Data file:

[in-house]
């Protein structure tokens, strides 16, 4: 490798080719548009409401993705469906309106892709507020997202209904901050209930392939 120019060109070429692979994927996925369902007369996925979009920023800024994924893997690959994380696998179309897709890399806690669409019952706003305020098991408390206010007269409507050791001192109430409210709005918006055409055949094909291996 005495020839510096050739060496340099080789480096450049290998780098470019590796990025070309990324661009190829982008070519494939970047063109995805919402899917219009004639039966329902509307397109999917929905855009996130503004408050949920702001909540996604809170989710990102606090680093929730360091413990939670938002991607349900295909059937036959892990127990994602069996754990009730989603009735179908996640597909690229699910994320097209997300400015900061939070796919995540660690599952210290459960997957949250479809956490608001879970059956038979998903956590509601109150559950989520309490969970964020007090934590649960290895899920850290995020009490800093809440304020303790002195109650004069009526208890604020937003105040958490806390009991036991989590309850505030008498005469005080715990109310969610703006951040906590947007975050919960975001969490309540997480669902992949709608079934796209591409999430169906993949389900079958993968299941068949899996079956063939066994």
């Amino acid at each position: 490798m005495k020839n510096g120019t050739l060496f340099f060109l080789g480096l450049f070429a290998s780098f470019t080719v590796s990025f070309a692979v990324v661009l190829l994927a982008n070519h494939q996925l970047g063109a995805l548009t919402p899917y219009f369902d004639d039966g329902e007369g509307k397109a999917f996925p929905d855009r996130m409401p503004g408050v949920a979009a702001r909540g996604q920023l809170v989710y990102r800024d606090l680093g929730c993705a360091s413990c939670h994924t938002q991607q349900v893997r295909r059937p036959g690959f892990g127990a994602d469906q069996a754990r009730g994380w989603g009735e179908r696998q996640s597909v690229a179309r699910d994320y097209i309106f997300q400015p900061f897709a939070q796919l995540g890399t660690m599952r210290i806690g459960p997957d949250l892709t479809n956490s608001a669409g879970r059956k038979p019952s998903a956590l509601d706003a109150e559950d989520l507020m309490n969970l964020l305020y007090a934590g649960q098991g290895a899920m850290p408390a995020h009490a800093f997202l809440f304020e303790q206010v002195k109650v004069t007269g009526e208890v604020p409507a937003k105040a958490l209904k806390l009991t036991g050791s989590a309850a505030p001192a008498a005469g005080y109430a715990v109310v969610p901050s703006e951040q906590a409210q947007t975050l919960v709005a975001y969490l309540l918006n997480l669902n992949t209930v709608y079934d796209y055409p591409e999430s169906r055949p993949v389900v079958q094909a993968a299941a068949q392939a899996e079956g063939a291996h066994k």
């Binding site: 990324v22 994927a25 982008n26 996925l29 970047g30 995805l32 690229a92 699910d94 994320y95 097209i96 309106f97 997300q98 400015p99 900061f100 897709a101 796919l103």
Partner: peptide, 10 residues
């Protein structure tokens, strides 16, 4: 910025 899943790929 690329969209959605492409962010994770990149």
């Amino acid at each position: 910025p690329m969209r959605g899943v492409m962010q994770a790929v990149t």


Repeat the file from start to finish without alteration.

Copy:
[in-house]
């Protein structure tokens, strides 16, 4: 490798080719548009409401993705469906309106892709507020997202209904901050209930392939 120019060109070429692979994927996925369902007369996925979009920023800024994924893997690959994380696998179309897709890399806690669409019952706003305020098991408390206010007269409507050791001192109430409210709005918006055409055949094909291996 005495020839510096050739060496340099080789480096450049290998780098470019590796990025070309990324661009190829982008070519494939970047063109995805919402899917219009004639039966329902509307397109999917929905855009996130503004408050949920702001909540996604809170989710990102606090680093929730360091413990939670938002991607349900295909059937036959892990127990994602069996754990009730989603009735179908996640597909690229699910994320097209997300400015900061939070796919995540660690599952210290459960997957949250479809956490608001879970059956038979998903956590509601109150559950989520309490969970964020007090934590649960290895899920850290995020009490800093809440304020303790002195109650004069009526208890604020937003105040958490806390009991036991989590309850505030008498005469005080715990109310969610703006951040906590947007975050919960975001969490309540997480669902992949709608079934796209591409999430169906993949389900079958993968299941068949899996079956063939066994």
């Amino acid at each position: 490798m005495k020839n510096g120019t050739l060496f340099f060109l080789g480096l450049f070429a290998s780098f470019t080719v590796s990025f070309a692979v990324v661009l190829l994927a982008n070519h494939q996925l970047g063109a995805l548009t919402p899917y219009f369902d004639d039966g329902e007369g509307k397109a999917f996925p929905d855009r996130m409401p503004g408050v949920a979009a702001r909540g996604q920023l809170v989710y990102r800024d606090l680093g929730c993705a360091s413990c939670h994924t938002q991607q349900v893997r295909r059937p036959g690959f892990g127990a994602d469906q069996a754990r009730g994380w989603g009735e179908r696998q996640s597909v690229a179309r699910d994320y097209i309106f997300q400015p900061f897709a939070q796919l995540g890399t660690m599952r210290i806690g459960p997957d949250l892709t479809n956490s608001a669409g879970r059956k038979p019952s998903a956590l509601d706003a109150e559950d989520l507020m309490n969970l964020l305020y007090a934590g649960q098991g290895a899920m850290p408390a995020h009490a800093f997202l809440f304020e303790q206010v002195k109650v004069t007269g009526e208890v604020p409507a937003k105040a958490l209904k806390l009991t036991g050791s989590a309850a505030p001192a008498a005469g005080y109430a715990v109310v969610p901050s703006e951040q906590a409210q947007t975050l919960v709005a975001y969490l309540l918006n997480l669902n992949t209930v709608y079934d796209y055409p591409e999430s169906r055949p993949v389900v079958q094909a993968a299941a068949q392939a899996e079956g063939a291996h066994k």
């Binding site: 990324v22 994927a25 982008n26 996925l29 970047g30 995805l32 690229a92 699910d94 994320y95 097209i96 309106f97 997300q98 400015p99 900061f100 897709a101 796919l103």
Partner: peptide, 10 residues
């Protein structure tokens, strides 16, 4: 910025 899943790929 690329969209959605492409962010994770990149």
């Amino acid at each position: 910025p690329m969209r959605g899943v492409m962010q994770a790929v990149t």